Information for Families About the Health Information Privacy Laws
*** This information is not meant as legal advice. We’re just passing on information from the U.S Department of Health and Human Services website. ****:Question: Does the HIPAA Privacy Rule permit a doctor to discuss a patient’s health status, treatment, or payment arrangements with the patient’s family and friends?
Answer Yes. The HIPAA Privacy Rule at 45 CFR 164.510(b) specifically permits covered entities to share information that is directly relevant to the involvement of a spouse, family members, friends, or other persons identified by a patient, in the patient’s care or payment for health care. If the patient is present, or is otherwise available prior to the disclosure, and has the capacity to make health care decisions, the covered entity may discuss this information with the family and these other persons if the patient agrees or, when given the opportunity, does not object. The covered entity may also share relevant information with the family and these other persons if it can reasonably infer, based on professional judgment, that the patient does not object. Under these circumstances, for example:
– A doctor may give information about a patient’s mobility limitations to a friend driving the patient home from the hospital.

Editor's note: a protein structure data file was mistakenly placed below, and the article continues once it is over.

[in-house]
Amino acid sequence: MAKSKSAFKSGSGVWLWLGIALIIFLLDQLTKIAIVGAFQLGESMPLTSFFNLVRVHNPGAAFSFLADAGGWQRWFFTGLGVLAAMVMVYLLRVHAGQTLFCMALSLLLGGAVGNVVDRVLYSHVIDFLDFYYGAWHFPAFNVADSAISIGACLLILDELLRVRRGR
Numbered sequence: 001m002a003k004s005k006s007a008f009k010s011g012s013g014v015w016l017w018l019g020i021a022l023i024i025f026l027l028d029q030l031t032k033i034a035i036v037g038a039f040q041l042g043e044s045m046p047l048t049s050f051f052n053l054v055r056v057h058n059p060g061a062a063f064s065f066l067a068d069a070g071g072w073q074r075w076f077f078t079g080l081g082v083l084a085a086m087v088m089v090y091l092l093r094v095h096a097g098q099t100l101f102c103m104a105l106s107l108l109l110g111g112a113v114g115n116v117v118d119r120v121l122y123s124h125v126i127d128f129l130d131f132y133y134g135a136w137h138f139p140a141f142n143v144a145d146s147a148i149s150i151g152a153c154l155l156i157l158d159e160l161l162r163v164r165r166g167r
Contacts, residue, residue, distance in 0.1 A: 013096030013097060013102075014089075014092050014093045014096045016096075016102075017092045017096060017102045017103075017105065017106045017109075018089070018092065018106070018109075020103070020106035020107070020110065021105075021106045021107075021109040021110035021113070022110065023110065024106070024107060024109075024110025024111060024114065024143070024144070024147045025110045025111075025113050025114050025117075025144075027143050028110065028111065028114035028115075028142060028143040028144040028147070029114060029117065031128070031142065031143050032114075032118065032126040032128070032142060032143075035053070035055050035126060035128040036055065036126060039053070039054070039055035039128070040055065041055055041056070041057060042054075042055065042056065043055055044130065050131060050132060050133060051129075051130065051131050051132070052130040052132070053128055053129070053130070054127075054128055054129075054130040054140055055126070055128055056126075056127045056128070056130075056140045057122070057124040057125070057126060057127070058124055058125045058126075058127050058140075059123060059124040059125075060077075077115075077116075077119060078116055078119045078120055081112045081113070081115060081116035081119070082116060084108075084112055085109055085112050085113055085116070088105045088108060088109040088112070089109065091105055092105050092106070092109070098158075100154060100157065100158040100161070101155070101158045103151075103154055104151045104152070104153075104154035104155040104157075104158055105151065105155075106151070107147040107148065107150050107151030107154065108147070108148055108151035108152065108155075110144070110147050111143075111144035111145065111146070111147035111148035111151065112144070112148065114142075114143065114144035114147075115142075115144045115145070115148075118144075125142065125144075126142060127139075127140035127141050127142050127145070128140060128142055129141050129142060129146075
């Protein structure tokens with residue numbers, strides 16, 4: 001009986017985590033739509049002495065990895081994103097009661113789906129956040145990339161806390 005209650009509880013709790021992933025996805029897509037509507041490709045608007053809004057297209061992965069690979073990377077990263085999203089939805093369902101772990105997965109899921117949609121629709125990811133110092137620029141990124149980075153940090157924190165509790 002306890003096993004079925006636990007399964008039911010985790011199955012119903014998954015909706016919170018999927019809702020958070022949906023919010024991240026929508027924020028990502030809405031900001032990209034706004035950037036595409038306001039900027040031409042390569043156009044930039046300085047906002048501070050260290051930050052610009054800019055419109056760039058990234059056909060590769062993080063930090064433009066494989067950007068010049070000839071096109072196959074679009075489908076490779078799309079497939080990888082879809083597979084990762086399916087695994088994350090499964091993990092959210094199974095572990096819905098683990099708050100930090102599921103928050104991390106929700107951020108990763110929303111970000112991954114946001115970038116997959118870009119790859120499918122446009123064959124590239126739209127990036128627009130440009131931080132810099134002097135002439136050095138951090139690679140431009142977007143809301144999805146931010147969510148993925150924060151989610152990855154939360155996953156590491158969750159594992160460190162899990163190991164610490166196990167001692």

– A hospital may discuss a patient’s payment options with her adult daughter.
– A doctor may instruct a patient’s roommate about proper medicine dosage when she comes to pick up her friend from the hospital.
– A physician may discuss a patient’s treatment with the patient in the presence of a friend when the patient brings the friend to a medical appointment and asks if the friend can come into the treatment room.
Even when the patient is not present or it is impracticable because of emergency circumstances or the patient’s incapacity for the covered entity to ask the patient about discussing her care or payment with a family member or other person, a covered entity may share this information with the person when, in exercising professional judgment, it determines that doing so would be in the best interest of the patient. See 45 CFR 164.510(b). Thus, for example:
– A surgeon may, if consistent with such professional judgment, inform a patient’s spouse, who accompanied her husband to the emergency room, that the patient has suffered a heart attack and provide periodic updates on the patient’s progress and prognosis.
– A doctor may, if consistent with such professional judgment, discuss an incapacitated patient’s condition with a family member over the phone.
In addition, the Privacy Rule expressly permits a covered entity to use professional judgment and experience with common practice to make reasonable inferences about the patient’s best interests in allowing another person to act on behalf of the patient to pick up a filled prescription, medical supplies, X-rays, or other similar forms of protected health information. For example, when a person comes to a pharmacy requesting to pick up a prescription on behalf of an individual he identifies by name, a pharmacist, based on professional judgment and experience with common practice, may allow the person to do so.
For more information, visit www.hhs.gov/ocr/hipaa/